Before starting sewage cleanup, protect yourself from stinking, bacteria-ridden sewage by donning rubber boots, gloves, and a mask. Once protected, begin the following:
- Shovel solids into a heavy plastic bag and dispose in a trash receptacle.
- Soak up liquid with paper towels or rags, and dispose in plastic bags.
- Use a wet/dry vac for small areas or to suck up any remaining puddles. (You’ll have to unclog drains before you can dispose of contents.)
- Tape a path of plastic sheeting to the floor to avoid soiling other parts of the house.
- Place all affected items—damaged or undamaged—outside to air out.
- Tear up and throw out carpets and rugs.
- Thoroughly mop the area with a solution of bleach and water mixed 1:1.
Unfortunately, only time will get rid of the odor. Help sewage cleanup by opening windows and using box fans and dehumidifiers to air out the area for up to a week.
Bring in the pros
Cleanup specialists: Professionals, such as SERVPRO, will do the sewage cleanup work for you—pump out and wipe up the gunk, deodorize, and restore carpets and floors, if possible. Equipment they’ll use includes fans, air scrubbers, and dehumidifiers. Sewage cleanup and restoration will cost you between $2,000 and $10,000 depending on how big the space and how high the sewage. Make sure you check with your insurance agent to see what’s covered.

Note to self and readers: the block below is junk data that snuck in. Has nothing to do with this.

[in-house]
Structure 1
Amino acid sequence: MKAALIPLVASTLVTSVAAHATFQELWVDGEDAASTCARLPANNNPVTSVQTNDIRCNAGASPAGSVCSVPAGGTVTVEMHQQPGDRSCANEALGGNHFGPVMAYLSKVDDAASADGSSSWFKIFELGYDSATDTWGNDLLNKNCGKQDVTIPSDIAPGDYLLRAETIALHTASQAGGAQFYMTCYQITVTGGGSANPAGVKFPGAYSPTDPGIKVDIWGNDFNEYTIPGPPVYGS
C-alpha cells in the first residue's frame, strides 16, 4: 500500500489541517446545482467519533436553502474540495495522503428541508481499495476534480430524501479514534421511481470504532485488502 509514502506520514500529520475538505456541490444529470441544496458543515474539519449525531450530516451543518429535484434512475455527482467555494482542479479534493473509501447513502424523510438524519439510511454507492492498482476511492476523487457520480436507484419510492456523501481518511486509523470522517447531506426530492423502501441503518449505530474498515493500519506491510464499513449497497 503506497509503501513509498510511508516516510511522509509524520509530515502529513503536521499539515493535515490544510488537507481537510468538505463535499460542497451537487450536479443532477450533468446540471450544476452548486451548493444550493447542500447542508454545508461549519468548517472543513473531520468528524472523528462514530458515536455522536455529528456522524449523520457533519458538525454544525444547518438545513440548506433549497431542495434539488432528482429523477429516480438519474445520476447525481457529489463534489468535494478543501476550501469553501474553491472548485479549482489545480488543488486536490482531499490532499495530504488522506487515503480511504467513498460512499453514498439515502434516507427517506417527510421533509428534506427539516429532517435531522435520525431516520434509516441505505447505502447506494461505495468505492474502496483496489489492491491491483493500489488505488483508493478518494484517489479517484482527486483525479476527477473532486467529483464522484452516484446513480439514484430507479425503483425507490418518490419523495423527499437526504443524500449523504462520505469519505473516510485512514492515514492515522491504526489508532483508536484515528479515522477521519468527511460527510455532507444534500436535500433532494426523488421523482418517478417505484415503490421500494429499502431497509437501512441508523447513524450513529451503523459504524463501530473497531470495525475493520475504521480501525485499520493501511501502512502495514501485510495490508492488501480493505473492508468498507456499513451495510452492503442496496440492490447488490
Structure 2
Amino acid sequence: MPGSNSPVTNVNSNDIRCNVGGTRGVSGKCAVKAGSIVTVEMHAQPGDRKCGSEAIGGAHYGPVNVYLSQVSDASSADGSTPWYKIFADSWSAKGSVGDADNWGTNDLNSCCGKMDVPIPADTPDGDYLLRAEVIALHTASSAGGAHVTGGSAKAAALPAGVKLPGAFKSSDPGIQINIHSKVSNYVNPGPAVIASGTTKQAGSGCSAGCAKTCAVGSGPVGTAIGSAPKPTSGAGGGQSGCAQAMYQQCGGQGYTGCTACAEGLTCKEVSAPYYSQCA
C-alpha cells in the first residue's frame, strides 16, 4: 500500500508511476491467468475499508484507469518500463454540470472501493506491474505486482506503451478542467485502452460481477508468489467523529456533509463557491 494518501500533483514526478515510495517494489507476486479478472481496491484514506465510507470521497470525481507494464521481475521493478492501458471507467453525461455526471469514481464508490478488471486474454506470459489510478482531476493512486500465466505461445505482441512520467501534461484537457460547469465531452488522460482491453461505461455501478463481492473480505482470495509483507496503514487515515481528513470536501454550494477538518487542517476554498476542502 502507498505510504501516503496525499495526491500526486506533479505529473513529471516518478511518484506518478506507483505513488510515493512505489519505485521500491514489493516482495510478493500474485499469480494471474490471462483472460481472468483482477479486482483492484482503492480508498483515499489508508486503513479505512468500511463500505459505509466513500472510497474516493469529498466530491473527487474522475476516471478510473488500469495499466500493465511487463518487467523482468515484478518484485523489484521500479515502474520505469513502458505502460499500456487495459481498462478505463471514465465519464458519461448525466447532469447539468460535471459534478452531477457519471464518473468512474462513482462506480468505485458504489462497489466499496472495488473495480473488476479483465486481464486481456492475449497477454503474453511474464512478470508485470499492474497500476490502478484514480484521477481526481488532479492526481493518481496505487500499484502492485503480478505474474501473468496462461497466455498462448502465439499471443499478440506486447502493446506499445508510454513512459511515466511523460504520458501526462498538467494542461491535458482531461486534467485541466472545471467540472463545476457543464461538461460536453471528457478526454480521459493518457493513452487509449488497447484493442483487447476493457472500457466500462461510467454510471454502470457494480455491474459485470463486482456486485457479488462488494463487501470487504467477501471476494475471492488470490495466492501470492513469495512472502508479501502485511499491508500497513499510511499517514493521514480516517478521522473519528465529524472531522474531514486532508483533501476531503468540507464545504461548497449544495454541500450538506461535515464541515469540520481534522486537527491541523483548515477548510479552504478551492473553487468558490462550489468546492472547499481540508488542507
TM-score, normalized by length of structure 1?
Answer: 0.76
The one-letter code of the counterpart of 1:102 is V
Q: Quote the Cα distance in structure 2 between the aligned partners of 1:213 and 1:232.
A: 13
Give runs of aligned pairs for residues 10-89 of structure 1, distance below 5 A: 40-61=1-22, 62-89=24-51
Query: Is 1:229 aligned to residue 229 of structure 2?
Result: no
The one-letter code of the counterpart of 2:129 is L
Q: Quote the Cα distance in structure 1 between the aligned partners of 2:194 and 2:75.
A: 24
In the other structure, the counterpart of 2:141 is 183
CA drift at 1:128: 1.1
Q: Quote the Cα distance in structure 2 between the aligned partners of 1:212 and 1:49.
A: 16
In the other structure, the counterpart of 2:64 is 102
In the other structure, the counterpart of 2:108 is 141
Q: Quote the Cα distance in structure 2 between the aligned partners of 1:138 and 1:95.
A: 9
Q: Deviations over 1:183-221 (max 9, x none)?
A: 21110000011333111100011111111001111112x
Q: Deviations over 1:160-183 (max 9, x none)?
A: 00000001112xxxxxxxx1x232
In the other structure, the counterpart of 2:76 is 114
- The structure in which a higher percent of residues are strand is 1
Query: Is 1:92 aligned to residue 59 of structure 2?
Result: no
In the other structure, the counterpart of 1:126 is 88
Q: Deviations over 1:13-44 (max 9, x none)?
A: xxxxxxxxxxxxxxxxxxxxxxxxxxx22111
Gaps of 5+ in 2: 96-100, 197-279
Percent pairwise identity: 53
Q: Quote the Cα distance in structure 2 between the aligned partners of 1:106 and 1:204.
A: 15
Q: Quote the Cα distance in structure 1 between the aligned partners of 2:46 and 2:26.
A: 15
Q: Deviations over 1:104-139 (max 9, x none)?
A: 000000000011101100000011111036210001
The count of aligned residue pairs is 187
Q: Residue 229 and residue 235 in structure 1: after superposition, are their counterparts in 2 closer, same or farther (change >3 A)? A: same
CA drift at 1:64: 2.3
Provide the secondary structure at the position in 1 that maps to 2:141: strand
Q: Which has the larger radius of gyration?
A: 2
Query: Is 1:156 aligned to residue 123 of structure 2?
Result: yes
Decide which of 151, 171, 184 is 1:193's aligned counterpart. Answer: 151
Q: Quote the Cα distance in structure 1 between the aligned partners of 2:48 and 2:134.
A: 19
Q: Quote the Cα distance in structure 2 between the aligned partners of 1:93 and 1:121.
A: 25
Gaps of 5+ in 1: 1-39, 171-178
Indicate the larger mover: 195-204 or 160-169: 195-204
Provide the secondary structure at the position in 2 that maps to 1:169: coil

Septic specialists: If you have a backed-up septic tank, you’ll need a septic specialist, probably the same company that regularly empties your tank, or a plumber that provides emergency drain cleaning services. The cost to pump out a septic tank typically is $250. Tank repairs can range from $150 (replace a pipe) to $5,000 (replace your entire tank).
City sewer workers: If you’re tied into a city sewer system, call the sewage department to make sure your clog is not part of a citywide problem. If it is, the city will handle it.
Drain clearers: If there’s a problem on your own property between the city sewer and your home, like a clogged line, a plumber or drain-clearing specialist, like Roto-Rooter, will charge $150 to $300 to clear the line.
About the Author
Craig Guillot is a New Orleans-based writer who has covered personal finance, real estate, and housing topics for such sites as HGTVPro.com, Bankrate.com, CNNMoney.com, and Entrepreneur.com.
Source: Visit www.Houselogic.com for more articles like this. Reprinted from HouseLogic.com with permission of the NATIONAL ASSOCIATION OF REALTORS®.